Disaster risk reduction (DRR) and climate change adaptation (CCA)

While the occurrence of large-scale disasters is relatively rare in Laos compared to other regions of the world, the high and increasing frequency of smaller-scale events constantly threatens the fragile development gains. Climate change is expected to raise temperatures, modify precipitation patterns and increase both the frequency and magnitude of extreme weather-related events, thereby threatening people’s coping and adaptation capacities. In this context, the Government of Laos (GoL) has endorsed the mainstream, globally accepted DRR and CCA agenda, mechanisms, norms, and models (e.g. the Hyogo Framework for Action – HFA), and complied with the paradigm shift from a top-down, response-oriented disaster management approach to a more holistic, bottom-up model that acknowledges the importance of preparedness and mitigation at all levels of society. As a result, community-level development and policy interventions have mushroomed in Laos, often with support from international development partners.

Small Agricultural Rural infrastructure (SARI e.g. small-scale irrigation networks, paddy fields and river bank reinforcement, water supply infrastructure) can also play a key role in DRR an CCA strategies. However, the negotiation of rules and mechanisms for the management and maintenance of such infrastructure is usually neglected, jeopardizing the profitability of such investments.

The development of early warning systems to alert farmers on climatic hazards have mushroomed worldwide and in Laos, with however limited evidence regarding their impact on farming communities vulnerability to climatic hazards.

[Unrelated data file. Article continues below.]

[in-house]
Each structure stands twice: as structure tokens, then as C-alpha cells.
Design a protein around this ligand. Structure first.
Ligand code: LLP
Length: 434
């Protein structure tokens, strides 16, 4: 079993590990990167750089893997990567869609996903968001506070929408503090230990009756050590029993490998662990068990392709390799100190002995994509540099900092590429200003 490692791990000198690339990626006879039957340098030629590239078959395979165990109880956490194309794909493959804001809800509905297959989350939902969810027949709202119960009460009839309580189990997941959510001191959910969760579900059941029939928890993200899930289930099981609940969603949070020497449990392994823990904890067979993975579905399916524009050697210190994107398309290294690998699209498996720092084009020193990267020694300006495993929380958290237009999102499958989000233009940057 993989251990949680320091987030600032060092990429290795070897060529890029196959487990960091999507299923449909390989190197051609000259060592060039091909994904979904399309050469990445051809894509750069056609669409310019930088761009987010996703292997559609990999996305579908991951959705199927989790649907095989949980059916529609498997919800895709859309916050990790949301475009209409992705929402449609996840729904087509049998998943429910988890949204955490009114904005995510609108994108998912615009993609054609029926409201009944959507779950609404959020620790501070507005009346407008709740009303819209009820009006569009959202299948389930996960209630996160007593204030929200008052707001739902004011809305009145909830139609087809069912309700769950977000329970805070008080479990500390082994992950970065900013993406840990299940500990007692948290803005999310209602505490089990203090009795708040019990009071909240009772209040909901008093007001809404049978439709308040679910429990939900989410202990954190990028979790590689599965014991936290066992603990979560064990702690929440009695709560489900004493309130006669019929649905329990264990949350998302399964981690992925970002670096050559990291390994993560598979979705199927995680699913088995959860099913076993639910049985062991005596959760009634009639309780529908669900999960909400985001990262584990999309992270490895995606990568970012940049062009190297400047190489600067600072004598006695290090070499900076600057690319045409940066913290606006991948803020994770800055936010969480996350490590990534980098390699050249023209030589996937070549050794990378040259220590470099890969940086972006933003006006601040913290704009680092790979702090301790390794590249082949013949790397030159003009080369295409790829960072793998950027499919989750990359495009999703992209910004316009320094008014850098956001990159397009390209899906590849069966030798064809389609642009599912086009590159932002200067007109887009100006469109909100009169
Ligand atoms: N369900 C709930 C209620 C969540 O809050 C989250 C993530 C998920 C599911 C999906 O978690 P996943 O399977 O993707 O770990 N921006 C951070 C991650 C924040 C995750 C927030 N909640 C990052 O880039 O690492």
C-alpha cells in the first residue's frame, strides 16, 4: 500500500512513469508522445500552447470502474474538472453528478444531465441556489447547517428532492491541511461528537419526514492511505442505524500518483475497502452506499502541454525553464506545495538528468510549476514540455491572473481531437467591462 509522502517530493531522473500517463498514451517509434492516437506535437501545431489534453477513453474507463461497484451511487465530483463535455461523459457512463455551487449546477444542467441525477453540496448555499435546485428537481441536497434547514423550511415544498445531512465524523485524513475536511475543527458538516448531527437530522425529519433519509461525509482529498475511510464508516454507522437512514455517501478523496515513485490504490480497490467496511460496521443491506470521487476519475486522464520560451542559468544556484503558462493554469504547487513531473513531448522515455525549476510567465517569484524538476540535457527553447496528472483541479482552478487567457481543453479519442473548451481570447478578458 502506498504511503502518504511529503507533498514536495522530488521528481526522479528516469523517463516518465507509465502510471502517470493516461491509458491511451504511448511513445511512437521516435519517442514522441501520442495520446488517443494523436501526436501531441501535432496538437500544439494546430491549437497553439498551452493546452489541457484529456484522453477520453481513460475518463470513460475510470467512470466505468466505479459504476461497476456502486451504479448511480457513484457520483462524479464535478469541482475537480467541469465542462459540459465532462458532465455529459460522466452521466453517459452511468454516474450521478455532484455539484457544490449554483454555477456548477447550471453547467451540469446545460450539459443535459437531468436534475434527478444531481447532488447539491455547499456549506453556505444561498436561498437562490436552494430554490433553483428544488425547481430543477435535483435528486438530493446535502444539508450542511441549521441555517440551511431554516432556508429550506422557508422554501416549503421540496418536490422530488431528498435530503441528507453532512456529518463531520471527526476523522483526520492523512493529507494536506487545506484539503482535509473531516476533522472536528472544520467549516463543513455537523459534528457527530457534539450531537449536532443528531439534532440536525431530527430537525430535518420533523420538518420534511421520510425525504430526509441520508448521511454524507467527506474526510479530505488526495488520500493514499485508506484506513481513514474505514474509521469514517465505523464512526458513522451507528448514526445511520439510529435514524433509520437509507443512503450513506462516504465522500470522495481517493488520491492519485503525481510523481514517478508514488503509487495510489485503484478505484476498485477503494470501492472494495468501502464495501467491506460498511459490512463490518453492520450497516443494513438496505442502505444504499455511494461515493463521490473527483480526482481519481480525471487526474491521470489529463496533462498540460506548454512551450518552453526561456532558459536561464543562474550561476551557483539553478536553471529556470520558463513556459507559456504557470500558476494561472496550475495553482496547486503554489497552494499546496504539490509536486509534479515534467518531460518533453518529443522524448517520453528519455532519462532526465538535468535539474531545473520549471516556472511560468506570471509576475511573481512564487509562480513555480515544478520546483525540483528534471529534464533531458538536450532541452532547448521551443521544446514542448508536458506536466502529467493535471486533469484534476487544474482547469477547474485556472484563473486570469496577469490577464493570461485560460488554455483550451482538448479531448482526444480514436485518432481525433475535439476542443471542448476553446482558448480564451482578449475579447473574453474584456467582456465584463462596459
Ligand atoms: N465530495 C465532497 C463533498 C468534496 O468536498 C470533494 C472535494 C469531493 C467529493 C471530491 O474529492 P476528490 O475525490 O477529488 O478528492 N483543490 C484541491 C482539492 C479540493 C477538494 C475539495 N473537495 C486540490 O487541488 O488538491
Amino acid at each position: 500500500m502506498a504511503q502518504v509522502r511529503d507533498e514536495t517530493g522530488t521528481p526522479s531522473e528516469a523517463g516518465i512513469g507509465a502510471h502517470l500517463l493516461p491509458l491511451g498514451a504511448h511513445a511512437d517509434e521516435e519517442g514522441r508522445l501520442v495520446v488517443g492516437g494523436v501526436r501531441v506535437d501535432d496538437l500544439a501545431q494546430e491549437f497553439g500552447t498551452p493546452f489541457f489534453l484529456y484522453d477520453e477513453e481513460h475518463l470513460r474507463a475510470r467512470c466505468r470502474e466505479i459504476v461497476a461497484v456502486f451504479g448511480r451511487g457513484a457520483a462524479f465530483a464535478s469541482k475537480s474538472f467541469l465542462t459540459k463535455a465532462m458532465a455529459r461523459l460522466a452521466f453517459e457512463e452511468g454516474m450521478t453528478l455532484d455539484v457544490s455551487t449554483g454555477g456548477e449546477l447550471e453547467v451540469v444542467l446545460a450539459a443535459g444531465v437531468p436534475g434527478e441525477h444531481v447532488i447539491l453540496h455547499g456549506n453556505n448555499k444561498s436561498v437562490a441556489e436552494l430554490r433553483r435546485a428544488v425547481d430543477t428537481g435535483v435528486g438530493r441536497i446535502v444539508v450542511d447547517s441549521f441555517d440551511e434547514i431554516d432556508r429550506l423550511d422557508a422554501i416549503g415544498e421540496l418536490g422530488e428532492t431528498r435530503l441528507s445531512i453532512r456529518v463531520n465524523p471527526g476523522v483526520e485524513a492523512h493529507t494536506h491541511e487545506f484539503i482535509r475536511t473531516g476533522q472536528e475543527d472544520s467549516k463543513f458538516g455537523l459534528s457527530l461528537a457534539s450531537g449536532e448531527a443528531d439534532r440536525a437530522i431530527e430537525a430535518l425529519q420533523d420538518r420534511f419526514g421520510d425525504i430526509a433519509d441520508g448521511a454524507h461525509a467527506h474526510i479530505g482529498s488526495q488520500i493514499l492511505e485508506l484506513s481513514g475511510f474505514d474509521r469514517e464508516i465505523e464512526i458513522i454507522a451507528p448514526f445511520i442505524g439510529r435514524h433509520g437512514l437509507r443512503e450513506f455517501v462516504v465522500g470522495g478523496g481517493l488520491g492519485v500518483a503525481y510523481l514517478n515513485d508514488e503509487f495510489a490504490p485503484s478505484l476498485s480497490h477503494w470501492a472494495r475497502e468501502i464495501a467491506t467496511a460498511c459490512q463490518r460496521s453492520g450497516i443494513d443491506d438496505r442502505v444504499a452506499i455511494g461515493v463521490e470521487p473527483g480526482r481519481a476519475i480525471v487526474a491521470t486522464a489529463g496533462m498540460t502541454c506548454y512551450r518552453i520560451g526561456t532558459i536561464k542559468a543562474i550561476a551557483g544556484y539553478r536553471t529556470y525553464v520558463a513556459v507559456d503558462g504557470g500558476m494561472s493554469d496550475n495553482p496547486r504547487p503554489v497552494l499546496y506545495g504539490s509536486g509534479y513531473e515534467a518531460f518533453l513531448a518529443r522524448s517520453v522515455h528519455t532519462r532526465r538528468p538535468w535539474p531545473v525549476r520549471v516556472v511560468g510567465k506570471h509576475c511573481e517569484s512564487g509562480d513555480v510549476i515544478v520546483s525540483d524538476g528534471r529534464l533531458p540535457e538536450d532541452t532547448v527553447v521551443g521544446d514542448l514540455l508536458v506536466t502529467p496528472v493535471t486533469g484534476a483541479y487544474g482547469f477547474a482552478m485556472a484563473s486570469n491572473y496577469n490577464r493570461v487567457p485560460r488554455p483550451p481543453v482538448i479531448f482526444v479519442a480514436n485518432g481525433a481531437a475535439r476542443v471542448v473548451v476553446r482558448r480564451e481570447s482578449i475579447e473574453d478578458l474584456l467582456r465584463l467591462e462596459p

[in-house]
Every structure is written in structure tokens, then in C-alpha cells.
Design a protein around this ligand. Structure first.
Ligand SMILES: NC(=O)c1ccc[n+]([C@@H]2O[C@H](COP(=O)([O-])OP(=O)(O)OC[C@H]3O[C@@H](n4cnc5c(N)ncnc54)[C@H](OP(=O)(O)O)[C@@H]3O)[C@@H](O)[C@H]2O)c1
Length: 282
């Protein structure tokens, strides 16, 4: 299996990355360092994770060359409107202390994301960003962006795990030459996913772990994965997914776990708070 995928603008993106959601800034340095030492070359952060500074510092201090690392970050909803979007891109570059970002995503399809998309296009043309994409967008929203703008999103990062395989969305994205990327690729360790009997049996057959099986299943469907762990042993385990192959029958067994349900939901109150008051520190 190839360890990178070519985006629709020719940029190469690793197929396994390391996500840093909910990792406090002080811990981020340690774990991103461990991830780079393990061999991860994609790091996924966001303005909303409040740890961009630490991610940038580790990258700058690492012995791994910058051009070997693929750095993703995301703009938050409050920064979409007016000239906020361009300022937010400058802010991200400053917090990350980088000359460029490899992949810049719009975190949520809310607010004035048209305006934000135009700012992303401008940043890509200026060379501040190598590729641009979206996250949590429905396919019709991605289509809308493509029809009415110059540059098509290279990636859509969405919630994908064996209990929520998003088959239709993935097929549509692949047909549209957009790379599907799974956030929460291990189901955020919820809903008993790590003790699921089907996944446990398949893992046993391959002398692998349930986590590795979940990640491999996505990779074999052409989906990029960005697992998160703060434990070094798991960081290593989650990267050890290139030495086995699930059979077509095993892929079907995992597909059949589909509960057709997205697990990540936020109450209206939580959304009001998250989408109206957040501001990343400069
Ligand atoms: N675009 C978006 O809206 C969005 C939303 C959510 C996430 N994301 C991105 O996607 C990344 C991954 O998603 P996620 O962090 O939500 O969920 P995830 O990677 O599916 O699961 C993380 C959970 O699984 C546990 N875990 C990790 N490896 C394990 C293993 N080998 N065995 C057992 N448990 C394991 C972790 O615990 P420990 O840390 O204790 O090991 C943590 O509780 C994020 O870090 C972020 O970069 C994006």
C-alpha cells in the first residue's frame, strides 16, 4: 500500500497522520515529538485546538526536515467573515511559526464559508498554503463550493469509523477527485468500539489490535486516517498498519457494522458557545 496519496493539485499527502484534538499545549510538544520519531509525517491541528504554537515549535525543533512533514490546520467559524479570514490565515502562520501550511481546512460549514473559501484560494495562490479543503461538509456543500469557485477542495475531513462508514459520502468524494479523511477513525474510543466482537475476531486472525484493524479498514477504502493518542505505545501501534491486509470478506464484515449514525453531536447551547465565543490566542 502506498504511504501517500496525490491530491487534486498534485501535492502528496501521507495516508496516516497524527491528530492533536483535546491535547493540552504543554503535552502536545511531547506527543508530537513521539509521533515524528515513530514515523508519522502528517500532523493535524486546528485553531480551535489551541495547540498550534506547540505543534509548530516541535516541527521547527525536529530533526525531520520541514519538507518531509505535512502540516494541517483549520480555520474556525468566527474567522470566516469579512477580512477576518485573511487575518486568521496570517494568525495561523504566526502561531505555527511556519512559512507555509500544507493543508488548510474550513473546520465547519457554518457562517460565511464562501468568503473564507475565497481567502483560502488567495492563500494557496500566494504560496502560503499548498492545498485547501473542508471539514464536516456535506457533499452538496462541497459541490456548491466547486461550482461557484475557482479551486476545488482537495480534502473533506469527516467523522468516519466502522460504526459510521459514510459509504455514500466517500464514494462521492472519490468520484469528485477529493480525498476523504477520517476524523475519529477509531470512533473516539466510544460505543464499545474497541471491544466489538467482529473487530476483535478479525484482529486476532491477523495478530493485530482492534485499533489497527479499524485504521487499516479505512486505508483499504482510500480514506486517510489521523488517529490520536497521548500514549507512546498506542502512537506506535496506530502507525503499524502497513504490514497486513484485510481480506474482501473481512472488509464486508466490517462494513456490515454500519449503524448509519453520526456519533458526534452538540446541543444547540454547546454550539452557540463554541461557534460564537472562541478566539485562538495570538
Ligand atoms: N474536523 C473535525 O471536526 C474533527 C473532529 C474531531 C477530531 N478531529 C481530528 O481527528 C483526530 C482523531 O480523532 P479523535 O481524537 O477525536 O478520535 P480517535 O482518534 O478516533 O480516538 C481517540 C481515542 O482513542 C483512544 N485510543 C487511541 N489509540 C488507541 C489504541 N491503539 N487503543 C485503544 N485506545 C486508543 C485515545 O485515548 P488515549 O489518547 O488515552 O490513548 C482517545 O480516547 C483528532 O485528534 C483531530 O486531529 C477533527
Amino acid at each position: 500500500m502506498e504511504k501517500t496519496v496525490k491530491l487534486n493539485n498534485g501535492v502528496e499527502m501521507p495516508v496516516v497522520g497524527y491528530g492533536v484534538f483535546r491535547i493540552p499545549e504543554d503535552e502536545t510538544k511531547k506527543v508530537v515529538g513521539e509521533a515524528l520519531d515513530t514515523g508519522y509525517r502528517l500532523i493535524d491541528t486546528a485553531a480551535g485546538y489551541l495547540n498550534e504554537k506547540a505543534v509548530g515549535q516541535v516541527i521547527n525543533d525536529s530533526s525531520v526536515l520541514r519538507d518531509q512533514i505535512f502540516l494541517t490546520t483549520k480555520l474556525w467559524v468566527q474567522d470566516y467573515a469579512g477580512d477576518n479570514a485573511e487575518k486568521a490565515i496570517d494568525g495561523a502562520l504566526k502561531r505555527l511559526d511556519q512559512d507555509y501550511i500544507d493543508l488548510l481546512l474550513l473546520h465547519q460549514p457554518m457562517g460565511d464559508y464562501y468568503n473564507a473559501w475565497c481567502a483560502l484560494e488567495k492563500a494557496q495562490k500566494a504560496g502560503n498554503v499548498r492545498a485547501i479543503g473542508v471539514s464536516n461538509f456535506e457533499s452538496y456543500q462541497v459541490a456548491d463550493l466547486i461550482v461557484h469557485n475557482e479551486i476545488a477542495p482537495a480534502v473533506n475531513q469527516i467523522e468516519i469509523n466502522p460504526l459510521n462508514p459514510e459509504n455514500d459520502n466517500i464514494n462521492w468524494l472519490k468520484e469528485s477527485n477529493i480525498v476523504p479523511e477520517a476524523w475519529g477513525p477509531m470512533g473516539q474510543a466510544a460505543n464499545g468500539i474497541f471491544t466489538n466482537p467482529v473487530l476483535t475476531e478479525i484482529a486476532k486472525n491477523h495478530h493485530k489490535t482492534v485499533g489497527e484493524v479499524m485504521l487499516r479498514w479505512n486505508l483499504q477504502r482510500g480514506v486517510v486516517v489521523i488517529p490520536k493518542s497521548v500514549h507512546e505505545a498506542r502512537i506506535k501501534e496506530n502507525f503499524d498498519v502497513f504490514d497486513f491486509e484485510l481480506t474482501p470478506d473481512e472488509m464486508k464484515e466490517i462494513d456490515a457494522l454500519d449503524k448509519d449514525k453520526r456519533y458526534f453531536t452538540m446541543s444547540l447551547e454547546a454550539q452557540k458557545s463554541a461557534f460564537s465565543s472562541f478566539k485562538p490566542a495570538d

The purpose of this workshop was to review lessons from these initiatives and to formulate and propose concrete, evidenced-based policy recommendations.


Issues and questions addressed during the workshop 

  • Approaches and challenges in assessing the vulnerability of mountain communities: rethinking vulnerability beyond stereotypes
  • Linkages vulnerability, poverty and adaptation planning to better understand the relations between adaptive capacity and socioeconomic development,
  • Potential gaps in the institutional framework and coordination mechanisms from an adaptation perspective,
  • Mechanisms to buffer the potentially negative consequences of rapid market integration on people (e.g. through education) as well as on the environment (e.g. through soil and forest conservation)
  • Impact of integrated landscape management and small agricultural rural infrastructure on farming community sensitivity to climatic hazards
  • Impact of early warning systems on farming community response capacity to climatic hazards